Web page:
Thankfully, period-like bleeding during early pregnancy doesn't always mean the worst has happened. Here's what you should know about this common symptom and when you should see your doctor.
An image of a pregnant woman.
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Toward the end of your first trimester of pregnancy, you're anxiously looking forward to sharing the happy news with family and friends on social media. You're nervous, excited, and still a little bit nauseous, but you're ready to spill the beans on Baby.

And then, one morning, you wake up to discover blood in your underwear. Your first thought is simple—and scary—does period-like bleeding during early pregnancy mean you're having a miscarriage? Thankfully, you don't always need to assume the worst. We spoke with experts to learn more.

What to Know About Period-Like Bleeding During Early Pregnancy

If you're experiencing bleeding during early pregnancy, don't panic. Bleeding or spotting while pregnant doesn't always mean that a miscarriage is imminent. "Bleeding can occur in a completely healthy pregnancy," explains Zev Williams, M.D., Ph.D., director of the Program for Early and Recurrent Pregnancy Loss (PEARL) at Montefiore Medical Center/Albert Einstein College of Medicine. In fact, many women experience some form of bleeding, especially in the early weeks, during their pregnancies.

According to an article published in the American Academy of Family Physicians, almost 1 in 4 pregnant women will experience bleeding during their first trimesters, but only about half of those cases will result in a miscarriage.

Causes of Bleeding During Pregnancy

As many women discover after visiting their pregnancy care providers, vaginal bleeding during pregnancy can be normal and not an immediate cause for concern. Some types of bleeding can be caused by implantation of the embryo into the uterine wall (most commonly on the day your period is due), an infection of some sort in the body, or irritation (like from intercourse).

Elizabeth Nowacki, D.O., an OB-GYN at St. Vincent Fishers Hospital Indianapolis, explains that one of the most common causes of bleeding is "lag time" before the placenta is fully formed. Before the placenta starts forming around 12 weeks, the ovary that released the egg provides the main source of hormonal support to the pregnancy, which can cause some time to pass before the placenta is ready to go, and thus, bleeding. "It always seems to happen at 2 o'clock in the morning!" says Dr. Nowacki. "If it's just light spotting or spotting with wiping, it's not a big deal, and you can wait to call your doctor in the morning."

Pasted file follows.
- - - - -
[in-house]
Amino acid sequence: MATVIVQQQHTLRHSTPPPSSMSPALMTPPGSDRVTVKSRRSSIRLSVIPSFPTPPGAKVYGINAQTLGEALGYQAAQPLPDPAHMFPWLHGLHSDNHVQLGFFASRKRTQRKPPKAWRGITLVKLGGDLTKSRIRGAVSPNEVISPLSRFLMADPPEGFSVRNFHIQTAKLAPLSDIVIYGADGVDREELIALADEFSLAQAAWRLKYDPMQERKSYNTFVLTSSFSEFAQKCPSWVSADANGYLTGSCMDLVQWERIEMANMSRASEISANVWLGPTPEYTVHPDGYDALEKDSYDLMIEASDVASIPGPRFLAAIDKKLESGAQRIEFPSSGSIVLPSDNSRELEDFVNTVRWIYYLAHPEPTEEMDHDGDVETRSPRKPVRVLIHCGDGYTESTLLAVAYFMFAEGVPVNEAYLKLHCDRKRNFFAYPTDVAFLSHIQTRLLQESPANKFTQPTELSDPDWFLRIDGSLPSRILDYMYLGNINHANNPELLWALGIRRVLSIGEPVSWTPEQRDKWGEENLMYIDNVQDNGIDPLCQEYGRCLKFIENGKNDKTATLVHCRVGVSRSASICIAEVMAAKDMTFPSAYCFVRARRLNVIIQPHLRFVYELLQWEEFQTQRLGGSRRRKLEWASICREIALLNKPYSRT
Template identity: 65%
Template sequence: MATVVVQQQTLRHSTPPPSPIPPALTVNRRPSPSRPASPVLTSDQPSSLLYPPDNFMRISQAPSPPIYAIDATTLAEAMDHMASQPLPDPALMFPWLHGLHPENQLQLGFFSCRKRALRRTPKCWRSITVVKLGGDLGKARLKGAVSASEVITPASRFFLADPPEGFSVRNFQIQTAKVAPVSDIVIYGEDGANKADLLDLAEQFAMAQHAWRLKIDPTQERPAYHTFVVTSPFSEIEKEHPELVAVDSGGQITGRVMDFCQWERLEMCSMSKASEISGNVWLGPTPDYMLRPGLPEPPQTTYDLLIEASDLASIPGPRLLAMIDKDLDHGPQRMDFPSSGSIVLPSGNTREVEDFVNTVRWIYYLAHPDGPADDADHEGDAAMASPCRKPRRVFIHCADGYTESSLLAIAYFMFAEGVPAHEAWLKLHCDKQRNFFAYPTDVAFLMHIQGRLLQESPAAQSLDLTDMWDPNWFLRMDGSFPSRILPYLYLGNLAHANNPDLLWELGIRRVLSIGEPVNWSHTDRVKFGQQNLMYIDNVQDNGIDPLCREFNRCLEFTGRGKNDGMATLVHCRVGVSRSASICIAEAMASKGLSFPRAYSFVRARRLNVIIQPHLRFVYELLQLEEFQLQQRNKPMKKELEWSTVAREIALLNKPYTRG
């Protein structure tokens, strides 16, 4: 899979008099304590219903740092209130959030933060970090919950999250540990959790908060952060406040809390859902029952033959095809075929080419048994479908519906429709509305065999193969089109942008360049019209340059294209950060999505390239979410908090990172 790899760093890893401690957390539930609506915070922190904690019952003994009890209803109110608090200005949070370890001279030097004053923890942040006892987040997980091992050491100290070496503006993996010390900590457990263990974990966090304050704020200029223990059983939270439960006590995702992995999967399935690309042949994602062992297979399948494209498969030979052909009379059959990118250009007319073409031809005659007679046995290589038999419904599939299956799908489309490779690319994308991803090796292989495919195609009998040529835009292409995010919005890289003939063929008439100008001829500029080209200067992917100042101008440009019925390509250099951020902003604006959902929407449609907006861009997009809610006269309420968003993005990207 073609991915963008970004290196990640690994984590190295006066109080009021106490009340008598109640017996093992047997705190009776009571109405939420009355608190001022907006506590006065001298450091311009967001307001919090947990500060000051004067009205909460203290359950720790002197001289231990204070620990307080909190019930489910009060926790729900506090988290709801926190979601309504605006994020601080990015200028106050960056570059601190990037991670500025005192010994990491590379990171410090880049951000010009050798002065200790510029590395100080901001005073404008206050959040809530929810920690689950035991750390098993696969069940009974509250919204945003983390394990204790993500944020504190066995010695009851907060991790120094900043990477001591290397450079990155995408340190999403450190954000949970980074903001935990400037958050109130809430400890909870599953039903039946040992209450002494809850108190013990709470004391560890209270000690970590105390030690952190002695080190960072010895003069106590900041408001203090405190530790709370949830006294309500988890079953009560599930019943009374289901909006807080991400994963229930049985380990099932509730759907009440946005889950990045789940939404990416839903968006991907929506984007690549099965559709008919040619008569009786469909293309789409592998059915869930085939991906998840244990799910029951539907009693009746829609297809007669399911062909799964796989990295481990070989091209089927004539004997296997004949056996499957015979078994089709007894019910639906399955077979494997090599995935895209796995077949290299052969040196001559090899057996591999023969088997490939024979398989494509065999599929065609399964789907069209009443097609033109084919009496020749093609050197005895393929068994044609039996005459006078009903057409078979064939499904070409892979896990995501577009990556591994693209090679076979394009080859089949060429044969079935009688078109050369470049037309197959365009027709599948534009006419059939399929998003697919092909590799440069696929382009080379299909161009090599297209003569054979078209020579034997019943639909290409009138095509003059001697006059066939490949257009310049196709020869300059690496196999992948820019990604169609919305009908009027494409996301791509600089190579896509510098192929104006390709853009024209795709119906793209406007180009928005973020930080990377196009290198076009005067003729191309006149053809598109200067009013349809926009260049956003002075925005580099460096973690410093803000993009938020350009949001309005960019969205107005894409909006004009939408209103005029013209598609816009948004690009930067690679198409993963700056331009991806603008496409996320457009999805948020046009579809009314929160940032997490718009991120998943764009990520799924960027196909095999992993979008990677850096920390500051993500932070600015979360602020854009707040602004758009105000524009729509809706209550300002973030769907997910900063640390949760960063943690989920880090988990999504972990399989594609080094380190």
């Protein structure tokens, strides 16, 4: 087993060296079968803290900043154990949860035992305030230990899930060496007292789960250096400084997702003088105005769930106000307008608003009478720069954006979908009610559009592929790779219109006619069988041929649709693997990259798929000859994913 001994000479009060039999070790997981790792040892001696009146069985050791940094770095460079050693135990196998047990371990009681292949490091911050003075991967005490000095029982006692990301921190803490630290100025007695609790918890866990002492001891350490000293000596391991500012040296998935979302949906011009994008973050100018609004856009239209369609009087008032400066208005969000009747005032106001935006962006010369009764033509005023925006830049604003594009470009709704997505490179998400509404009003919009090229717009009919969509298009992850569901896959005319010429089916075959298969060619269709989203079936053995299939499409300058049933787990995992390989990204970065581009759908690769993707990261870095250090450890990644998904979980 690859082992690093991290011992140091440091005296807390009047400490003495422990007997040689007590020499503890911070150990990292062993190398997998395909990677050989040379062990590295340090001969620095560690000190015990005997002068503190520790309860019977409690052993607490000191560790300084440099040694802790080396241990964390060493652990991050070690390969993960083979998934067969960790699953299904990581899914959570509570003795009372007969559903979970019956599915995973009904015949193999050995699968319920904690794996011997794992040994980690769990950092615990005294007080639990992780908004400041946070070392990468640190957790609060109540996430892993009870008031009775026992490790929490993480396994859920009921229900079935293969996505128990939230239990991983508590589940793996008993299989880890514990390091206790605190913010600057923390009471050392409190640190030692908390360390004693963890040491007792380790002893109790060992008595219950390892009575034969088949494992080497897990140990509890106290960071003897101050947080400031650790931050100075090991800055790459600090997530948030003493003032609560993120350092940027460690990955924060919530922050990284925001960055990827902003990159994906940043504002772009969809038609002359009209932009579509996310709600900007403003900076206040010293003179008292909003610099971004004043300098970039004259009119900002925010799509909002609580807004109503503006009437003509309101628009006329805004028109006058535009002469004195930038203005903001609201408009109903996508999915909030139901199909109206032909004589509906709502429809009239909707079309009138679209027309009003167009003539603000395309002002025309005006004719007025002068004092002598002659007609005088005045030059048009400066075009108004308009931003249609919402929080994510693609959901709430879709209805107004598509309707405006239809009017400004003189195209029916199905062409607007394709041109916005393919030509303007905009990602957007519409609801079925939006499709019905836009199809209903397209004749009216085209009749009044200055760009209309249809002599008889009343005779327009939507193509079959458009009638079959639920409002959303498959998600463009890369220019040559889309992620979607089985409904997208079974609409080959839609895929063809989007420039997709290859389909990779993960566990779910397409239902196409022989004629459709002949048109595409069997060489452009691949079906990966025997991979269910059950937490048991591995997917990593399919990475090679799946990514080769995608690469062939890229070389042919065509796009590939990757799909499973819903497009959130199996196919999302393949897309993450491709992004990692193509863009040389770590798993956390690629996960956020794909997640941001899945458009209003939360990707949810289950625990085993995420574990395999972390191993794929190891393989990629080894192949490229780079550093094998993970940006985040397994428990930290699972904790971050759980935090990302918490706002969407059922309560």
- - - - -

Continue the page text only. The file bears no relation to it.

Bleeding that occurs later in pregnancy—specifically in the second and third trimester—can also have different causes that won't result in a miscarriage, such as cervical irritation or even cervical changes (a growth or polyp on the cervix, for example).

"Sometimes, the outside of the cervix, which connects the uterus to the vagina, can bleed or an area of bleeding can occur in the space between the placenta and the uterus, which will usually resolve on its own," says Dr. Williams. Slight bleeding, especially if it's tinged with a mucus-like discharge, could also be a sign of early labor.

Some bleeding during pregnancy is simply unexplained; One patient I cared for in my work as a labor and delivery nurse experienced moderate bleeding, almost as heavy as her regular period flow, throughout each of her three pregnancies—with no known cause and no need for any further treatment. She delivered three full-term and healthy infants. And who among us hasn't heard the stories of women who didn't know they were pregnant because they continued to have monthly bleeding? Bleeding that isn't direct indication of a miscarriage can definitely occur during pregnancy.

What You Should Do About Bleeding During Pregnancy

Although bleeding may not necessarily mean a miscarriage is inevitable, consistent bleeding at any point during a pregnancy always needs to be evaluated by a health care provider. If you're experiencing bleeding, take the following steps:

  • Note when the bleeding started and any activities that may have contributed to the bleeding (for instance, did you have intercourse in the last 24 hours or have a vaginal exam performed recently?).
  • Place a pad or panty-liner (never use a tampon!) for absorption and as a means to gauge the amount of bleeding. Your health care provider may ask you how quickly you're filling up a typical overnight pad as a way to determine how much bleeding you're experiencing. Also be sure to note the color of the blood—your doctor may need to know if it's bright red or brown.
  • While waiting to be seen by your doctor, try to sit down, put your feet up, and drink a large glass of water.
  • Ask yourself if you're experiencing any other symptoms, such as contractions, back pain, nausea, vision changes, or decreased activity of the baby.